REFLECTIONS ON A RARE BASKING SHARK ENCOUNTER
Dr. Simon Berrow narrates his experience with basking sharks in the fall off West Clare. The species is often seen feeding in this area in the spring - but the seasonal timing of this experience was not the only unusual component...
© Chelsea Gray
SPECIES | Distribution
A map depicting the global distribution of basking sharks (areas showing high likelihood of occurrence are marked in red).
Basking sharks can be found worldwide in temperate waters, normally between 6-16 degrees C (42-60 degrees F). In the northern Atlantic, they are most frequently sighted during the months of April – September, often in shallow coastal habitats. Aggregations (groups) of individuals will be observed during this time in highly frequented locations known as basking shark "hotspots", which include Inishowen waters (Martin & Clark, 2008, CSAS 2008). In the Pacific, basking sharks are mainly reported during the winter months, between October – May. Historically, frequent sightings occurred on the coast of California, especially near the Santa Barbara Channel Islands. There is one published record of a basking shark in Mexican waters, but California is usually regarded as the southern end of the shark’s Pacific distribution (Sandoval-Castillo, J. et al, 2005). Similarly, until the late 1960’s basking sharks were also commonly sighted and encountered in the northern end of their eastern Pacific range, especially in British Columbia. However, observations of this species on the California and Canadian coast have dramatically reduced in number since that time (CSAS, 2008).
Research in the UK estimates that basking sharks spend up 36% of their time on the surface during their seasonal hotpot residence (Sims et al, 2003), though areas of high shark activity may not always be characterized by visible feeding behavior (Southall et al, 2005). However, significantly less is known about basking shark overwintering behavior because these organisms tend to move away from coastal areas following the summer season in the northeastern Atlantic (Sims et al., 2003; Gore et al, 2008). Until recently, this species was considered to hibernate offshore (Parker and Boseman, 1954). However, recent studies suggest sharks undergo extensive migrations from September to May (Gore et al., 2008; Skomal et al., 2009; Doherty et al., 2017). The current accepted migratory theory is of a west to east (deep-water to coastal) migration in April and a gradual northward trend following increases in sea surface temperature and copepod density until late August. This is when the sharks are believed to return to deeper waters to the west. Opposite directions apply in the western Atlantic zone.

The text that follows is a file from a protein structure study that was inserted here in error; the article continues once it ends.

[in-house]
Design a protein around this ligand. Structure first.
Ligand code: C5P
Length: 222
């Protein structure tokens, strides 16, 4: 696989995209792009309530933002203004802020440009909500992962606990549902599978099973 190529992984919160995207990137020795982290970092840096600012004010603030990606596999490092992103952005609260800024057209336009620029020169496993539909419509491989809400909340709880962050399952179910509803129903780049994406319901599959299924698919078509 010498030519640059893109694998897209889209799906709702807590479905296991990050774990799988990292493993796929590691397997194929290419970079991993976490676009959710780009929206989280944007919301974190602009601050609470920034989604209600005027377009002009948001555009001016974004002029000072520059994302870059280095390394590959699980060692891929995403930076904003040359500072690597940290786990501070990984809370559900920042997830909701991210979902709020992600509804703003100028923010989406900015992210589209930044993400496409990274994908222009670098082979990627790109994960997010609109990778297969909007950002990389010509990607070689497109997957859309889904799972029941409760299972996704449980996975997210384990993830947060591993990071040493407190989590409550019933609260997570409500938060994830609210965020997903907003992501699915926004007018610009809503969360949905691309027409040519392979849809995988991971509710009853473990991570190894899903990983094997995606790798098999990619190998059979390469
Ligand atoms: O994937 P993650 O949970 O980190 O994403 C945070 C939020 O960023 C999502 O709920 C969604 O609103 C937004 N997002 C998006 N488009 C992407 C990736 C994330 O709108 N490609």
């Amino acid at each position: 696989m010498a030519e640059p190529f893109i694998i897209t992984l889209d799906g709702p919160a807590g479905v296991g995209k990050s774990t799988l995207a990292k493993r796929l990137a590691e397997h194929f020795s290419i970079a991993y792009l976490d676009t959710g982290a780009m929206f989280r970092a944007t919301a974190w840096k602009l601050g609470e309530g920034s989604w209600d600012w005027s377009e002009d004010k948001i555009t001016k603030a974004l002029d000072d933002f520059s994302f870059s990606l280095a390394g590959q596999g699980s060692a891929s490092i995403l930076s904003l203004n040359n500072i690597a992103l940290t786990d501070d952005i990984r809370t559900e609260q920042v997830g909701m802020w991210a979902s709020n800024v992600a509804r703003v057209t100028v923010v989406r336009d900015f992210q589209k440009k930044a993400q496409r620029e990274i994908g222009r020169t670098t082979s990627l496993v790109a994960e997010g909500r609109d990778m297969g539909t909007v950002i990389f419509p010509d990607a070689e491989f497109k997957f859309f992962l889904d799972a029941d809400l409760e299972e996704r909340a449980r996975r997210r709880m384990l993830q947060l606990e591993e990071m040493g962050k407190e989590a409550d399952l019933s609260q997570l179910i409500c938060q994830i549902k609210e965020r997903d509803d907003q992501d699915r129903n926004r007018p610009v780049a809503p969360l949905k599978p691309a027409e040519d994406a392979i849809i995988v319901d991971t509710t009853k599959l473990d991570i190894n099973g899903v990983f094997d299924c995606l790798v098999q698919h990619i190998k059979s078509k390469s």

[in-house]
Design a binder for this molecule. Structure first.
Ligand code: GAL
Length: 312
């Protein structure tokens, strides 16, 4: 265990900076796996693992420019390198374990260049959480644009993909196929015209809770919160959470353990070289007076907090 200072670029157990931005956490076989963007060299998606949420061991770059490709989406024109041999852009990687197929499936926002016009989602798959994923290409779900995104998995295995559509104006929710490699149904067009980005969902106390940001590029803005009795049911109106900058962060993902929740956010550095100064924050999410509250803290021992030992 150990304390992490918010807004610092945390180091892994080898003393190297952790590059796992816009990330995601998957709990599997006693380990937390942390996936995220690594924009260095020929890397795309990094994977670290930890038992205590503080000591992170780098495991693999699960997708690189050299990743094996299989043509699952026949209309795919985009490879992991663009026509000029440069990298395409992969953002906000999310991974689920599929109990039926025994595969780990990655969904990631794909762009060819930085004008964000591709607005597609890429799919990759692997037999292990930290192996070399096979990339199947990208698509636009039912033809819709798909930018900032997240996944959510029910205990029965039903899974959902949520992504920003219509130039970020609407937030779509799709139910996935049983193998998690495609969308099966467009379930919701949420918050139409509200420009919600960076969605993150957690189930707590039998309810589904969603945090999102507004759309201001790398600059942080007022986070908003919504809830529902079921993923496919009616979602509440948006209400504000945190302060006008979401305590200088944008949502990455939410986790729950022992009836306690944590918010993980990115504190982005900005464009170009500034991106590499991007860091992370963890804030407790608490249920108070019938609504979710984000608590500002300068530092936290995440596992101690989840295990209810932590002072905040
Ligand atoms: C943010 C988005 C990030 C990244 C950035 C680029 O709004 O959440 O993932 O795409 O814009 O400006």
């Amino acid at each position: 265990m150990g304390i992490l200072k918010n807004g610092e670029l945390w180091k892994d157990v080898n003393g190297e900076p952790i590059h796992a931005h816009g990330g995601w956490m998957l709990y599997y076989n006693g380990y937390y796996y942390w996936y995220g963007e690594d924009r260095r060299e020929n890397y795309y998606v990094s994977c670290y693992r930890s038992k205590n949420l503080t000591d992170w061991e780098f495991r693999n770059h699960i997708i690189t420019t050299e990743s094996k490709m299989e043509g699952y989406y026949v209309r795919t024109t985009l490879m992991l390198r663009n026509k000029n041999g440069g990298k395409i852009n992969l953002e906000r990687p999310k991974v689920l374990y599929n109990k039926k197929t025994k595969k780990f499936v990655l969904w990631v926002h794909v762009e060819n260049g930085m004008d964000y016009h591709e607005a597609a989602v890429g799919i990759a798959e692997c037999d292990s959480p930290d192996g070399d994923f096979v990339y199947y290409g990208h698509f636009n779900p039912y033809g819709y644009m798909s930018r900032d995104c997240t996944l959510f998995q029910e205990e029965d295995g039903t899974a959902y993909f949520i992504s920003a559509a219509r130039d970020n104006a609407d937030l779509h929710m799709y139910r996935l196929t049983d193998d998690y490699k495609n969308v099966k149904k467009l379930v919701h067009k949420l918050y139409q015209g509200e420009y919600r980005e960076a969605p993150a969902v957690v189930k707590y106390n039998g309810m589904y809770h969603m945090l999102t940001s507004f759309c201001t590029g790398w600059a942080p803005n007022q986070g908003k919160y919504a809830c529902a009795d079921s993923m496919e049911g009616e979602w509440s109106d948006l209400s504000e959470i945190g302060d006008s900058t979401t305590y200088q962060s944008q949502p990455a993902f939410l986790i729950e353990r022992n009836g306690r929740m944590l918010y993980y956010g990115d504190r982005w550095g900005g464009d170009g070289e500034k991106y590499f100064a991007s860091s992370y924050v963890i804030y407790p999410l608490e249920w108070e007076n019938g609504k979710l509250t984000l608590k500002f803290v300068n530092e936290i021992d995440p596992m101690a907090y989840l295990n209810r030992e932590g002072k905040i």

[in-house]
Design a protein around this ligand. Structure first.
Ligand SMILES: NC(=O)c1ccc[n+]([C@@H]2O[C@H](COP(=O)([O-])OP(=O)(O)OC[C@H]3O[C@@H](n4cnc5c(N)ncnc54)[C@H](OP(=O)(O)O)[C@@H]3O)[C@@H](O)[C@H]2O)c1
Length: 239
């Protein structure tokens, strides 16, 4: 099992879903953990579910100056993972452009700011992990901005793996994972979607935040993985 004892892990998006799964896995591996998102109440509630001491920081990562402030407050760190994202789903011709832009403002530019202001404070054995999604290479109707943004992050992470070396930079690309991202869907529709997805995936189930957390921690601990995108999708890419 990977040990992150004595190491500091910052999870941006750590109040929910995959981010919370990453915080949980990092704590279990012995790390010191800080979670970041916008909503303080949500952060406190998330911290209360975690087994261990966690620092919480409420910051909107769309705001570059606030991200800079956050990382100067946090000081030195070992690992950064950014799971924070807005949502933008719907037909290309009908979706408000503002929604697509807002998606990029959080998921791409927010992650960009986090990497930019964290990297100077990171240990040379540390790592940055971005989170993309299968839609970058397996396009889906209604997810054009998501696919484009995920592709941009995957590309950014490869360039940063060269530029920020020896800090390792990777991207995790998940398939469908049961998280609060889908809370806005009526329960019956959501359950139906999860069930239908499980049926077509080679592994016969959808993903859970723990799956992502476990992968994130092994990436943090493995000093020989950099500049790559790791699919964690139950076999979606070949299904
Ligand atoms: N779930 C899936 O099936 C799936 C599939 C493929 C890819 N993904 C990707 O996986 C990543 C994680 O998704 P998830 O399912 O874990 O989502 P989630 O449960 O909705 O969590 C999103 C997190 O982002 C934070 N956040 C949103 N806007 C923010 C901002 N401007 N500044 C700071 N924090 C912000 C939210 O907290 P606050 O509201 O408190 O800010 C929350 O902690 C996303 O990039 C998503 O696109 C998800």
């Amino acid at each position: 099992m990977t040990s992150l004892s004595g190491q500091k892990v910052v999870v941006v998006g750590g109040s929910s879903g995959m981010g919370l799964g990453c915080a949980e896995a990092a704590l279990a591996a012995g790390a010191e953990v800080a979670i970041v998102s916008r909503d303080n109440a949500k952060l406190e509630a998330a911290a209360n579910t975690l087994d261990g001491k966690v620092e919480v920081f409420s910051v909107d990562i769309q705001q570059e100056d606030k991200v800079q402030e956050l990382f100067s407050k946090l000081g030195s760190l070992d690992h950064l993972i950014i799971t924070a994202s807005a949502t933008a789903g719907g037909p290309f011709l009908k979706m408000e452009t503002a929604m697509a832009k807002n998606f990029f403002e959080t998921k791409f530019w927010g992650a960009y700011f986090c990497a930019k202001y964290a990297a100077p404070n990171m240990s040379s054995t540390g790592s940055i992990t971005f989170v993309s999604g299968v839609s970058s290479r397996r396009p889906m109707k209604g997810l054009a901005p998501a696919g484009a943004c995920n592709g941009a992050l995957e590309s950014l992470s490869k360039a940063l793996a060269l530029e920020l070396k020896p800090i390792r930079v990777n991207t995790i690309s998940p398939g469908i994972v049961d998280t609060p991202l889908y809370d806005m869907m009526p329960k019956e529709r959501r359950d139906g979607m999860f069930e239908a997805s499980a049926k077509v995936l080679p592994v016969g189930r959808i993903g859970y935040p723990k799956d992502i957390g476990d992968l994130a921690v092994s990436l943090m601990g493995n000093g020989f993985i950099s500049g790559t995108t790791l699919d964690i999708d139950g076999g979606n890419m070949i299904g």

Though they are capable of traversing entire ocean basins (the longest recorded distance is approximately 10,000 horizontal kilometers; Gore et al., 2008), basking shark migratory strategies vary widely. For example, sharks tagged off the coast of Scotland have been observed to travel anywhere from the Bay of Biscay in Europe to the northern coast of Africa (Doherty et al., 2017). Others in this region have also been known to travel across the Atlantic Ocean (Gore et al., 2008). Similarly, sharks originally tagged off the coast of Cape Cod in the United States have migrated to the Caribbean and Brazil during winter months (Skomal et al., 2009). Potential drivers are thought to include thermoregulation, feeding at deeper ocean layers, or travel to mating grounds.
HOTSPOTS, MIGRATION AND CONSERVATION
Generally, basking sharks have been recorded to be somewhat habitual in their choice of feeding areas and timing of their return to coastal hotspot locations. Unfortunately, such localised population groups have historically been and may continue to be highly susceptible to target fishing (Sims & Reid, 2002). Previously targeted by fisheries in Norway, the United Kingdom, the United States, Canada, Japan and New Zealand, the basking shark is currently listed on the IUCN Red List as globally vulnerable and endangered in the northeast Atlantic region (IUCN, 2011). Furthermore, studies that have observed trans-Atlantic migrations (Gore et al., 2008) have led to considerable debate on the possibility of a single genetic population in the North Atlantic. This would have significant implications for conservation bodies and the scale on which protective measures are implemented.